Understanding George Allen's Best Black Friend
Benjamin J. Lambert III, who serves in the Virginia Senate, hears the question all the time: Why would such an influential black Democrat come to the rescue of George Allen, a white Republican U.S. senator who was being tarred and feathered by his own racist past?
Allen's once seemingly sure-shot bid for reelection remains in jeopardy because of accusations that he used a racial slur and the fact that he had an affinity for racist symbols such as nooses and the Confederate flag. But the political hemorrhaging has eased somewhat since Allen found a powerful new best black friend to help burnish his image.
"I look at it from the point of view that people are capable of change, of learning from their mistakes," said Lambert, a 28-year veteran of Virginia electoral politics and former campaign manager for L. Douglas Wilder (D) during his run to become the first African American governor since Reconstruction. "George has apologized. He said he understands the plight of African Americans and their sensitivities regarding the Confederate flag. He said he was going to do much better. I say, 'Let's give him a chance.' "
It is no coincidence that Lambert's endorsement came after a pledge by Allen to secure nearly a half-billion dollars in federal funding for financially troubled historically black colleges. Moreover, at Lambert's urging, Allen, along with Sen. John W. Warner (R-Va.), announced their sponsorship Monday of a bill that would honor the late U.S. District Judges Spottswood W. Robinson III, who was black, and Robert R. Merhige Jr., who was white, by having a new federal courts building in Richmond named after them "for their historic roles in the nation's civil rights struggle."
No small order in the capital of the Confederacy.
Asked if Allen's financial commitments had influenced his decision to endorse, Lambert demurred: "Let's just say I have a strategy."
But not everybody is convinced that a half-billion dollars is adequate reparation for Allen's alleged insults, which some see as evidence that the racist underpinnings of Virginia's virulent history of slavery live on.
One blog, Skeptical Brotha, offered a reaction to Lambert's endorsement that is no doubt shared by many African Americans: "George Allen's confederate bandwagon of confused colored folks has grown by another this week," the blogger wrote last month.
Other blacks who support Allen include William R. Harvey, president of historically black Hampton University, and Charley Taylor and Roy Jefferson, both retired professional football players who were coached by Allen's late father on the Washington Redskins. "For these manifestly fraudulent endorsements, these contemptable black sycophants have earned themselves Skeptical Brotha's '2006 House Negroes of the Year Award,' " the blogger wrote.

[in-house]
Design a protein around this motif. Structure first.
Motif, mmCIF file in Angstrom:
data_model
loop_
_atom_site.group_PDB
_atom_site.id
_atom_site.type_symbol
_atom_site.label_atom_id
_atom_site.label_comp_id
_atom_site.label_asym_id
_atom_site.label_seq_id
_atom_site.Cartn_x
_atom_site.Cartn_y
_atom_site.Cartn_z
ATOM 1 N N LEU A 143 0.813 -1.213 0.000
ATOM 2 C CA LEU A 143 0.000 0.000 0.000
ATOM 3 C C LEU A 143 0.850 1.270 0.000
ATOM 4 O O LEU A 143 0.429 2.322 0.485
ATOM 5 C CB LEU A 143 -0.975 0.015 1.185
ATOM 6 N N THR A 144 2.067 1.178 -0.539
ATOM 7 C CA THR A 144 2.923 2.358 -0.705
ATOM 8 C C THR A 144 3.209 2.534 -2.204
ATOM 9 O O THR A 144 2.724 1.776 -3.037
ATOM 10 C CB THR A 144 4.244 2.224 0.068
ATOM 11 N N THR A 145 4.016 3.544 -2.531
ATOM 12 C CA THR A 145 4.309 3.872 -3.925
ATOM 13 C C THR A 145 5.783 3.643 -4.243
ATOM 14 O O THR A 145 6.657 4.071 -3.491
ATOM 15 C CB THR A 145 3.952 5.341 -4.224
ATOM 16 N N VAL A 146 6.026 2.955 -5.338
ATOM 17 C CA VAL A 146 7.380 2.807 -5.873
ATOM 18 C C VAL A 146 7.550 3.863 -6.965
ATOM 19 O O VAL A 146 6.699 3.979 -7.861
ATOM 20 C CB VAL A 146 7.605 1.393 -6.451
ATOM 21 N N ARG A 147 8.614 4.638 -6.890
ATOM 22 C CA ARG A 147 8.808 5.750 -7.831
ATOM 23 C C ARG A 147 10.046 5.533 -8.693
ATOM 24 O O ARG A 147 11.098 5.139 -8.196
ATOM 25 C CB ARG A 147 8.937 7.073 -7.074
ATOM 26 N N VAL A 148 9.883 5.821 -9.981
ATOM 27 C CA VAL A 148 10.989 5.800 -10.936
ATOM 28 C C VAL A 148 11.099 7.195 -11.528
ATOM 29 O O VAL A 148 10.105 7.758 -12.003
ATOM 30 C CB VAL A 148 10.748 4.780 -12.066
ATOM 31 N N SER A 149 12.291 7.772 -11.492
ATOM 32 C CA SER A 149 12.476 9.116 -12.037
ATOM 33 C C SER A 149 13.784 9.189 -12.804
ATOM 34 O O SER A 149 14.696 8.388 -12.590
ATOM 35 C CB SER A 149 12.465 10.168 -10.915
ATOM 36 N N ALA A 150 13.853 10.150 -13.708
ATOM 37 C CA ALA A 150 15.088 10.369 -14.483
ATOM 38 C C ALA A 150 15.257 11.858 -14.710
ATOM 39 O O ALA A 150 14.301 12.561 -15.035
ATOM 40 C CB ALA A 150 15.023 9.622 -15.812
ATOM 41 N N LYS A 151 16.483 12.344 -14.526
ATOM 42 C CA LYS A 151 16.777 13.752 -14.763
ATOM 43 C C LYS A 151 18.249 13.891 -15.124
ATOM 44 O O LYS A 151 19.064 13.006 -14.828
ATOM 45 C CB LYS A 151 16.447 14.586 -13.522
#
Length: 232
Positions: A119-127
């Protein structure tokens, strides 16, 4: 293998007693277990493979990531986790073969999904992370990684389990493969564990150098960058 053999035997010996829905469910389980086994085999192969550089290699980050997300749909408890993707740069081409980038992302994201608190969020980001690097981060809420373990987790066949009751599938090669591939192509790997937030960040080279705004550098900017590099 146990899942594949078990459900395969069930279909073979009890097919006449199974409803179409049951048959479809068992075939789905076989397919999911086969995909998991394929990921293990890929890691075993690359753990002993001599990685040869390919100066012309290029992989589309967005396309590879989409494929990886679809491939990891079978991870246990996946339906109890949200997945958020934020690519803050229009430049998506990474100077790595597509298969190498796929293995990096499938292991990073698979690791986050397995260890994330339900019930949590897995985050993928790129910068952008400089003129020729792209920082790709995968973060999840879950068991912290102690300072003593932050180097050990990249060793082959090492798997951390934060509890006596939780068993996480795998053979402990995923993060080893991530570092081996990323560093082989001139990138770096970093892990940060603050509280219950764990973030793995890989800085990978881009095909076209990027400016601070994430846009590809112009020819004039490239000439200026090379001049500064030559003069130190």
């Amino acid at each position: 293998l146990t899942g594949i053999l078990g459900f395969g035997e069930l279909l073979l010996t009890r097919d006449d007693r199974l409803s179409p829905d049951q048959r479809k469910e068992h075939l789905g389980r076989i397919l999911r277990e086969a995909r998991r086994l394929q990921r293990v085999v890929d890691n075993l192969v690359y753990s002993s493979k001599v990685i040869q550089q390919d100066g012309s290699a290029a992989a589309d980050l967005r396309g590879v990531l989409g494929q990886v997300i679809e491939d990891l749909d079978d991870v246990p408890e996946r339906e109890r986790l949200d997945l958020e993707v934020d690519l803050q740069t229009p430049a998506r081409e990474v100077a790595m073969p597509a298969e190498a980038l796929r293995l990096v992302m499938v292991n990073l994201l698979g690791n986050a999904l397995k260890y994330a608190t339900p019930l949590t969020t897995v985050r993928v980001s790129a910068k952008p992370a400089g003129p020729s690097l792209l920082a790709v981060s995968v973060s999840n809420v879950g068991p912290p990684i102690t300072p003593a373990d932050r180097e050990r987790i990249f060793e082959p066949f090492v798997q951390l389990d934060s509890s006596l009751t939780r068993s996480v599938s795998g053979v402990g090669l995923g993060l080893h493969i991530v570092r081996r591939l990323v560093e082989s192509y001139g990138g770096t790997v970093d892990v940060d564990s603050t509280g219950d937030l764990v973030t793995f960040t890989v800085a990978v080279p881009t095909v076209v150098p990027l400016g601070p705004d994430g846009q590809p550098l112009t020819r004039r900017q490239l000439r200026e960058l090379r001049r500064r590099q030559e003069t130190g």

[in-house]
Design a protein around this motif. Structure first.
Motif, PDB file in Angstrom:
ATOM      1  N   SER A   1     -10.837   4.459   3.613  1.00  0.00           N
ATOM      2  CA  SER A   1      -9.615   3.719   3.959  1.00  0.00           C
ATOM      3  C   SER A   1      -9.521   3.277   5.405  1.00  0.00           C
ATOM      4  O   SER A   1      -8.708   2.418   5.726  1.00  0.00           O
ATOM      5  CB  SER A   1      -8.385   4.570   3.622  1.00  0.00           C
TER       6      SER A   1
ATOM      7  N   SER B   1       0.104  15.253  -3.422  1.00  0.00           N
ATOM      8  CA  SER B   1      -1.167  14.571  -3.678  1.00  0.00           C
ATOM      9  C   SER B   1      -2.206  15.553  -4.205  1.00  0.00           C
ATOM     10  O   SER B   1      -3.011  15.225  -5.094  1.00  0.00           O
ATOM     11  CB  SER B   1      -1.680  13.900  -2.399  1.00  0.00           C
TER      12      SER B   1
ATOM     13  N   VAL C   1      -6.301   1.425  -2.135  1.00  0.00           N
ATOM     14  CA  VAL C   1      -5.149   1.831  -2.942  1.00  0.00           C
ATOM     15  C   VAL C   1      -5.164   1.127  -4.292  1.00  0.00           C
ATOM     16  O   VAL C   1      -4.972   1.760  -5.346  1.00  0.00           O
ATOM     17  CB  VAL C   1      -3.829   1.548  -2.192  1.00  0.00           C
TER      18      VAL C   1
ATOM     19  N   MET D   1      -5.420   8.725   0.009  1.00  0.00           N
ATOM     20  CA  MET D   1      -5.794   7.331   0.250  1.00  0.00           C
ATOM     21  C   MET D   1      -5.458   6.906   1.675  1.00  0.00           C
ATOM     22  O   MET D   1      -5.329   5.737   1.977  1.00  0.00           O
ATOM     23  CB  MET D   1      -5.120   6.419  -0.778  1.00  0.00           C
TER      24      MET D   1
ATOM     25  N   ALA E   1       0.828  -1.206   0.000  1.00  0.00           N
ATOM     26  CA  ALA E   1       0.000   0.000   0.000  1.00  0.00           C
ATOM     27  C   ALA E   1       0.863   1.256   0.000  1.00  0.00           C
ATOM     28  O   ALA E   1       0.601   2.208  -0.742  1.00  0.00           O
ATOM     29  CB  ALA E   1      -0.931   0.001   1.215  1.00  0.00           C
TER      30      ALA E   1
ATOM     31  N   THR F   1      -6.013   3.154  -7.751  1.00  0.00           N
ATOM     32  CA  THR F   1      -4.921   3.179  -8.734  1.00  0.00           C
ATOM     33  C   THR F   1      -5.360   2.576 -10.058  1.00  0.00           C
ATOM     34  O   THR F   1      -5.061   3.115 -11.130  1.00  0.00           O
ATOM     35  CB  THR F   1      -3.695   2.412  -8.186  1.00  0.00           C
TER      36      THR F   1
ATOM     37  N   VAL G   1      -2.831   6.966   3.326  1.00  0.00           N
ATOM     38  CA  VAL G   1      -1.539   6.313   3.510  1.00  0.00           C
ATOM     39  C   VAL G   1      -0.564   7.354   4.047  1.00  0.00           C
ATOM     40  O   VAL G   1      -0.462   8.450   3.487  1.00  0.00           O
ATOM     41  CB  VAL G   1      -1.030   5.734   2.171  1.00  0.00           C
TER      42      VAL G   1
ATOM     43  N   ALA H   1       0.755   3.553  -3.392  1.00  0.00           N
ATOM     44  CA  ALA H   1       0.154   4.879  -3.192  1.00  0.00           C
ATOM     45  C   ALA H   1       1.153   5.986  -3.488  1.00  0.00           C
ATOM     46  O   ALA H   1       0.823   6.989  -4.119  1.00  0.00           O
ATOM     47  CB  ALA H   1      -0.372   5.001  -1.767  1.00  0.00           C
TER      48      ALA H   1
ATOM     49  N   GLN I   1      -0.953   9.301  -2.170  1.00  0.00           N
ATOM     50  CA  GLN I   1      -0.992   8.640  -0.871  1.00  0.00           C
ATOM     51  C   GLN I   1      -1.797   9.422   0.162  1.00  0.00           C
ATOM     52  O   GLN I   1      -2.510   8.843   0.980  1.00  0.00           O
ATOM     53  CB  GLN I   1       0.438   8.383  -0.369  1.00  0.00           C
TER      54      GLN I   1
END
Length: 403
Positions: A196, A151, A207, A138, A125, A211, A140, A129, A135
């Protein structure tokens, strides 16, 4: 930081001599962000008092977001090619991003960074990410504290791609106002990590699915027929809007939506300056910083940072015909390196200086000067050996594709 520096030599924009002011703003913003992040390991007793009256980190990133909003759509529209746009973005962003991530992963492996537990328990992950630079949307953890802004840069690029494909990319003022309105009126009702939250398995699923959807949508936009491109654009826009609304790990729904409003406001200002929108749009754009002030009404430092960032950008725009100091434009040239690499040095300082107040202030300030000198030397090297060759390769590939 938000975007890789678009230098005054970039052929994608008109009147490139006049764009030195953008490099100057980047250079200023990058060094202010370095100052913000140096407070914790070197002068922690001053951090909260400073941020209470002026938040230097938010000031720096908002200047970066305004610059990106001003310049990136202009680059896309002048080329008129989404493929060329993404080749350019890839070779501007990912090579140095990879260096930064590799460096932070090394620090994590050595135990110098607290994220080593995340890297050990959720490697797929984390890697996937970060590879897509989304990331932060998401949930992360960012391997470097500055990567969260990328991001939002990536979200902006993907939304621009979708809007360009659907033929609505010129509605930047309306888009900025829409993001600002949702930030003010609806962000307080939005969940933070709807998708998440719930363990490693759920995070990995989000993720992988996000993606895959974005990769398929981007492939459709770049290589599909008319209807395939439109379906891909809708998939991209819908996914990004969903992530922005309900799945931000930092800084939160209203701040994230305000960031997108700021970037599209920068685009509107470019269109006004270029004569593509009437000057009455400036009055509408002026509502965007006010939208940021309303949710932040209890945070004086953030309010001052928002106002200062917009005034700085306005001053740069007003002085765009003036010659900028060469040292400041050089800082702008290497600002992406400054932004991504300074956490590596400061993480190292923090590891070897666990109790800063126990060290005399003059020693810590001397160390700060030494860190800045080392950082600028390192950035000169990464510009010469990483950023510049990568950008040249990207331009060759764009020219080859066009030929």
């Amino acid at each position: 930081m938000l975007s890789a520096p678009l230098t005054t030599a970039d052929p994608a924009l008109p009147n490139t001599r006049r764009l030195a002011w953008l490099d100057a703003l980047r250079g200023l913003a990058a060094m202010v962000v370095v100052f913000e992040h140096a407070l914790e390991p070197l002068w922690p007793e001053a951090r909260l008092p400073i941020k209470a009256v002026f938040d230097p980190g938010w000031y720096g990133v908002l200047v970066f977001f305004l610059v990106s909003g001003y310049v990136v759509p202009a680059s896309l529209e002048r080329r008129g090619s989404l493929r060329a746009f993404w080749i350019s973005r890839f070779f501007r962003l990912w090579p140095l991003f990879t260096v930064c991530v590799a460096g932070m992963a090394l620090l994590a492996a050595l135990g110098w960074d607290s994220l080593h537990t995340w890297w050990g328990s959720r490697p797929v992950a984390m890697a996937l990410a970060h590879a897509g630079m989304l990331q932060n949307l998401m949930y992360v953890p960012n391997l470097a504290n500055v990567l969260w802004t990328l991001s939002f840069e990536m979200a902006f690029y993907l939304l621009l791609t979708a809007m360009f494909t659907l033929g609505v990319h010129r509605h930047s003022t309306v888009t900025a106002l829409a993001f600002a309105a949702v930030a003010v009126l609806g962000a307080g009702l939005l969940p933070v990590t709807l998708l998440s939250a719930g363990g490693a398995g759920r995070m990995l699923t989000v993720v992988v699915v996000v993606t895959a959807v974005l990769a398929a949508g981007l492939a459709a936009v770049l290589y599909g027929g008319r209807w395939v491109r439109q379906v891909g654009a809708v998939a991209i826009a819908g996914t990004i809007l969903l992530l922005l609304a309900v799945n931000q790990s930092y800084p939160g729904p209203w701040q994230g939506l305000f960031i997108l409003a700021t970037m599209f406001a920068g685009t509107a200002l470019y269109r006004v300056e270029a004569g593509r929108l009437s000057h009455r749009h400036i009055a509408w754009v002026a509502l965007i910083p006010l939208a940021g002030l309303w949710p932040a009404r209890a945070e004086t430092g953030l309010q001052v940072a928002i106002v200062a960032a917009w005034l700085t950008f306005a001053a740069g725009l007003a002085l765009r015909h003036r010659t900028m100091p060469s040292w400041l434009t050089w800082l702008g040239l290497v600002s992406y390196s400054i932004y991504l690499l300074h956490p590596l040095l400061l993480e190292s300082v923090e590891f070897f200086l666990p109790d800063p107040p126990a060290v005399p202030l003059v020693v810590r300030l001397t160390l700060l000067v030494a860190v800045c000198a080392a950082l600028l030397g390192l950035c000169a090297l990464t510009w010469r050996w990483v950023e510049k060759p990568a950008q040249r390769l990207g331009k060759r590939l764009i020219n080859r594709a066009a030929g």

But Lambert is undaunted. To hear him tell it, there is always more to racial politics in Virginia than meets the eye. Sometimes a whole lot more -- as in, say, the legendary affair between Thomas Jefferson and Sally Hemings.
"I was born in 1937 and went to segregated schools in Henrico County," Lambert told me. "But I had white friends. Somehow, we all got along. I found that people could be different up close than they appeared to be from afar."
To Lambert, Allen looks better up close. He is more than someone who referred to a person of color as "macaca," which is a genus of monkey. "I'm not going to hold a person's words against them, especially after they stand up and apologize," Lambert said. "I'm most interested in education for African Americans, making sure historically black colleges stay in existence, and I'm going to work with anyone who can help keep them alive. George and I share that goal."
As for people who call him a sellout, Lambert said, "What have they done to keep a school open?"
And yet, the appearance of Allen buying his way out of a racially explosive predicament discounts the black struggle against racism -- which continues despite the insistence of some whites that race no longer matters. During a speech in February about the need for a U.S. Slavery Museum, former governor Wilder, now mayor of Richmond, noted that slavery and racism were not ancient history. "The legacy of slavery is as much a part of our present and, if left alone, will tragically remain a part of our future."
Wilder has publicly expressed bewilderment at his former campaign manager's decision to support Allen. But in private talks with Lambert, Wilder does not come off as confused at all. "He asked me to talk to George about getting money for the slave museum," Lambert recalled.
Race relations are not always what they seem. And in a state fraught with racial contradictions, macaca may turn out to be a gift to African Americans that keeps on giving. At least if Lambert has his way.